I was honestly a bit scared going to Montenegro seeing all the hotel prices online. But good thing R and I decided not to book anything in advance. Turns out, there is a big divide between coastline and inner city prices– and some room for budget travelers like us!
Some Tips on Visiting Montenegro:
- The best way to get to Montenegro is via an overland route, whether by car or bus, from neighboring countries Croatia, Bosnia and Herzegovina, Serbia, Kosovo or Albania. R and I travelled to Budva (Montenegro’s coastline area) by bus from Tirana, Albania, which took around 5 hours.
- For Philippine passport holders, please don’t forget to apply for a Schengen visa! It will be best to apply via other member countries as Montenegro does not have a consular office in the Philippines. For more info, visit VFS Global, now the only authorized Schengen visa processing facility in the Philippines. Most EU consulates do not handle visa applications any longer.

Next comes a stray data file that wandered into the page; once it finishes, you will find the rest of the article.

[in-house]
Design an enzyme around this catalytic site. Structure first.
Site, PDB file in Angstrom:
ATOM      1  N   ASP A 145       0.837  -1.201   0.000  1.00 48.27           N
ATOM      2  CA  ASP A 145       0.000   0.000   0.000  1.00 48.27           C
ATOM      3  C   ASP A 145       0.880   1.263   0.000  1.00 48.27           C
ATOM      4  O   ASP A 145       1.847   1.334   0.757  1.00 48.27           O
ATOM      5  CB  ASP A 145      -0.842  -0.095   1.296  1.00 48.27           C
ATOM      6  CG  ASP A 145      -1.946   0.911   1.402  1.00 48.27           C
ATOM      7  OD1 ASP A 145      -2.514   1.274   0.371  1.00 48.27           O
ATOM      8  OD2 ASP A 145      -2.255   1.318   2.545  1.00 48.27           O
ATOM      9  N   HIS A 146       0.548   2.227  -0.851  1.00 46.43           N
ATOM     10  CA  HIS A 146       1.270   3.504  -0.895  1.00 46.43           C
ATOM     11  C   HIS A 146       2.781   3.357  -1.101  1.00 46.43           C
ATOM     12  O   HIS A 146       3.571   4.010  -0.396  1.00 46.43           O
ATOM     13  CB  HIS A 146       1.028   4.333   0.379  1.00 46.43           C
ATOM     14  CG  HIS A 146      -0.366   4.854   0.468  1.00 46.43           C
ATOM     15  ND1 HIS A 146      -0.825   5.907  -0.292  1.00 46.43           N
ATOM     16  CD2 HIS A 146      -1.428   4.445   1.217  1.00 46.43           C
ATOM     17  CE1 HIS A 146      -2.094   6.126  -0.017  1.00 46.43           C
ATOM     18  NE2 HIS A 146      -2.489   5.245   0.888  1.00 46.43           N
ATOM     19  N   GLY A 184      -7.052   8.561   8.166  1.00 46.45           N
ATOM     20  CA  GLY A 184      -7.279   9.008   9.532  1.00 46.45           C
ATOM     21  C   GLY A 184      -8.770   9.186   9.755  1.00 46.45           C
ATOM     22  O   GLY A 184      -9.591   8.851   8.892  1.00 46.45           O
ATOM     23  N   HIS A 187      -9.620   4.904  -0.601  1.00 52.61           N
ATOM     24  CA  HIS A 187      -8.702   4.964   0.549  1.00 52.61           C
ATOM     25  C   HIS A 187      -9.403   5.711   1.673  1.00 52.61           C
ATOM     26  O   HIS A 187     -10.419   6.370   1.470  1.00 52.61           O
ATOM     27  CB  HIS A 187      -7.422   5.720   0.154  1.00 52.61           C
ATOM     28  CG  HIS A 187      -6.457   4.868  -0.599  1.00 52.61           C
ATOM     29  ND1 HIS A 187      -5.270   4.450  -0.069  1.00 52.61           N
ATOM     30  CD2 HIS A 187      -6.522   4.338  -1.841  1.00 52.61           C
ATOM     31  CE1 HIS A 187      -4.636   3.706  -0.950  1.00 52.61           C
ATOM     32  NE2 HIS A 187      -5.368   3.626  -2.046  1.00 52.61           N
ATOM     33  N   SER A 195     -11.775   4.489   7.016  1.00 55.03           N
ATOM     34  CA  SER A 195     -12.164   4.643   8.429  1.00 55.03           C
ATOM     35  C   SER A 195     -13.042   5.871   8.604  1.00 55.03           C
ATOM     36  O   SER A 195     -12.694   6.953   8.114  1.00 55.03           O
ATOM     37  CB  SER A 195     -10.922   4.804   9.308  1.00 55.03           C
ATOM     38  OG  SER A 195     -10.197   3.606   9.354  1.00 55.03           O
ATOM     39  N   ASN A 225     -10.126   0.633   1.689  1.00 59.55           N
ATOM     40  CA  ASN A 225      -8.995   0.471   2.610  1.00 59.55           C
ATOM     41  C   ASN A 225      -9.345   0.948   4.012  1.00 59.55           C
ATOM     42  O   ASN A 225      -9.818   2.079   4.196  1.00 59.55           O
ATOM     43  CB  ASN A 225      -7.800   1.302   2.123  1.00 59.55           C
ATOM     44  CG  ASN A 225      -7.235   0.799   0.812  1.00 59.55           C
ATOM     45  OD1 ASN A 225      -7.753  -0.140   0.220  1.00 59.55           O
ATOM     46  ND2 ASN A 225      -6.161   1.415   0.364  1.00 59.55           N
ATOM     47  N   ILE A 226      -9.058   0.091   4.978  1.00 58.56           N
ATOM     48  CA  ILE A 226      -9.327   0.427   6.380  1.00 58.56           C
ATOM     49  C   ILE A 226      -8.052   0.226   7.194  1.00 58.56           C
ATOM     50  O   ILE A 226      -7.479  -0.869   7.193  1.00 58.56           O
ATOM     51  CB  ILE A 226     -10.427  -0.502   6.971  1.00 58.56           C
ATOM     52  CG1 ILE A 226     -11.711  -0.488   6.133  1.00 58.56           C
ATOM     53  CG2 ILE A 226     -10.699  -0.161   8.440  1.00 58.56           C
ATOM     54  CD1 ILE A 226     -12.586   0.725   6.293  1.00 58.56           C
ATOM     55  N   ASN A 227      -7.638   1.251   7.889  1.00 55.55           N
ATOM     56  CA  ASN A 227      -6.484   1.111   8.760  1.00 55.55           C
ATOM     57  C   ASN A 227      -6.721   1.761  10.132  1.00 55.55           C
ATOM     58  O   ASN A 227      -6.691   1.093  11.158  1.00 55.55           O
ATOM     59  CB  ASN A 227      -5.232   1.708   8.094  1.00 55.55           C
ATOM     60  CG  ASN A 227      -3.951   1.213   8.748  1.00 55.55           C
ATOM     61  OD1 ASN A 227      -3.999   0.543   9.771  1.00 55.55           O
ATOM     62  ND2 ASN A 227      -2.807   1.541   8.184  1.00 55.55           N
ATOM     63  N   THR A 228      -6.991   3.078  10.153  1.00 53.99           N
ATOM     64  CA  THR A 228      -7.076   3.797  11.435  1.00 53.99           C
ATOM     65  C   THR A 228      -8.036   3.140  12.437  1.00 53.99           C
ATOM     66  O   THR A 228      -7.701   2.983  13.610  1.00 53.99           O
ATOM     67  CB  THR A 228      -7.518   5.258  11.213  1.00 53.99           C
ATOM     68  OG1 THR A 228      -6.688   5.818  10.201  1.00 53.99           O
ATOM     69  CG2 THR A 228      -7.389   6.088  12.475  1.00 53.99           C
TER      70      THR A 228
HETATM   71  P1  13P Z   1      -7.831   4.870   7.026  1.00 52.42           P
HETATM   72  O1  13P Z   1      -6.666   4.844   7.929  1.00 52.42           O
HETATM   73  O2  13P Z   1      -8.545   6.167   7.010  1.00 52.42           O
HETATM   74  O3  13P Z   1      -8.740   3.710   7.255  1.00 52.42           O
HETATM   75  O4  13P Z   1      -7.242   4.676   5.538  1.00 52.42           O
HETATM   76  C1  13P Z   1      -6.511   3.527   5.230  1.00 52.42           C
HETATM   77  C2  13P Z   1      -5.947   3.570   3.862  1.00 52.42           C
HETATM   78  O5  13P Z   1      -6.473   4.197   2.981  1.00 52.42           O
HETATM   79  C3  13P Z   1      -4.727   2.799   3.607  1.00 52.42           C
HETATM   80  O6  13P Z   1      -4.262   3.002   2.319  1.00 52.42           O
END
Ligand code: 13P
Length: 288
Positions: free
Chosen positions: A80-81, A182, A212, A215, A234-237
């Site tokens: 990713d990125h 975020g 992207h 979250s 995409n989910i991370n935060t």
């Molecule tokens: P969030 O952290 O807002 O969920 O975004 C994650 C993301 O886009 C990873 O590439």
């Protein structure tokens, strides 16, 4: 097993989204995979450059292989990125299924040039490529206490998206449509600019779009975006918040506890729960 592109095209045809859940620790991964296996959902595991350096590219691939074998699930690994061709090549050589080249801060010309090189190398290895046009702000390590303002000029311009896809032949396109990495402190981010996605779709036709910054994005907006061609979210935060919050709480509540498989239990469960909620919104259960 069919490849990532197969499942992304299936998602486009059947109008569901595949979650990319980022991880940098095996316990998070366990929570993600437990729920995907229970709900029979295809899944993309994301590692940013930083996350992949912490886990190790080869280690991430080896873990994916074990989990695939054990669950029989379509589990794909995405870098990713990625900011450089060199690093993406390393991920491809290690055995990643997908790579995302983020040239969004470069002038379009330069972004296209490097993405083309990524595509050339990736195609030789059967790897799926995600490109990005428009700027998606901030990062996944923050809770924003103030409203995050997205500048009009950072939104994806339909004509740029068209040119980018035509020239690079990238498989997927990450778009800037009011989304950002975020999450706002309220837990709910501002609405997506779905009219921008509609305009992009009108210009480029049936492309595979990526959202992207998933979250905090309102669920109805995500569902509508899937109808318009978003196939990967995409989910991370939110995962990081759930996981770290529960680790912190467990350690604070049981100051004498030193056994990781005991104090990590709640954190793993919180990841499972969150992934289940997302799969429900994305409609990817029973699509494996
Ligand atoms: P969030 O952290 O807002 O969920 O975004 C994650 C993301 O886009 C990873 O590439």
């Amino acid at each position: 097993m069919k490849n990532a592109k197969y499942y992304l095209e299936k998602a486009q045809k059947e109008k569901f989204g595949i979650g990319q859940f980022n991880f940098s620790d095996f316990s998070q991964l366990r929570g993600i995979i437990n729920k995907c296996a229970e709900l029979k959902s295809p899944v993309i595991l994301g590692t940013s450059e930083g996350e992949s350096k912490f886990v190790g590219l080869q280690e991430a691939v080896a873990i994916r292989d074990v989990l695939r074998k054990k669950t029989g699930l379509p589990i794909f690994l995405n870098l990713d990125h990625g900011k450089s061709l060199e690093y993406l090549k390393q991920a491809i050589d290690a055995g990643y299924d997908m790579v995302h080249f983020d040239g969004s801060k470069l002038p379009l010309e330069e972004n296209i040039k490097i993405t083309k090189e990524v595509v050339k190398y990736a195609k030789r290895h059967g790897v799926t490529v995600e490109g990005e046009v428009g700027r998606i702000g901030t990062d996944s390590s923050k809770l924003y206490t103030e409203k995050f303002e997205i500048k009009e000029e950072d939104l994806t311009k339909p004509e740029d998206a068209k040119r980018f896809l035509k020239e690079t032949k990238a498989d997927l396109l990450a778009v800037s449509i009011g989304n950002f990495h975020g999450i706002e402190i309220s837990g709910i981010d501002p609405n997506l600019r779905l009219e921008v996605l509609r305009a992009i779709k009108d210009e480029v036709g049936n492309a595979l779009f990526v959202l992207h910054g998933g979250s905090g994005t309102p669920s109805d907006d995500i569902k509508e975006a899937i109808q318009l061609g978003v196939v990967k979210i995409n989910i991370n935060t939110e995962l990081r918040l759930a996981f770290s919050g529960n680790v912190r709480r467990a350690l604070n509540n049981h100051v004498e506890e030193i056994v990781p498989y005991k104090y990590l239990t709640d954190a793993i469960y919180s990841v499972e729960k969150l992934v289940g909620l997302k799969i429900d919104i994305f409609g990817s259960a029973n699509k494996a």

- Montenegro has a reputation of being an expensive country. That is true, unless you forget that the country stretches way out of the coastline. Along the coastline, as is expected in any country, you will find the most expensive hotels, restaurants and shops. But walk a bit further and you will find much value with your 1 Euro. In case you’re curious, 1 Euro in inner Budva can buy you a cup of coffee, a mid-sized hotdog sandwich, or cevapi (kebab).
- Download Google Maps and make use of its offline access feature. I used to download a different app per country, but this just beats all of them for finding the best routes and restaurants. Plus, I don’t have to be on data all the time. CNET has a definitive guide on how to make the most of this new feature.
- Why I want to go back: Ahhh… the beach life. Affordable. In Europe. ‘Nuff said.
- As with any country in the world: Do not quickly assume. Make sense of the why behind the what first and while you’re at it, get lost and find yourself. Happy travels! 🙂
P.S. The keys to sustainable travels are universal: take public transportation | stay in accommodations where cooking is allowed (private or shared, it doesn’t matter) | walk as much as you can | wake up early | stay away from guidebooks | immerse yourself in the local language, culture and history | visit local cafés | know that the possibilities are endless | listen to your gut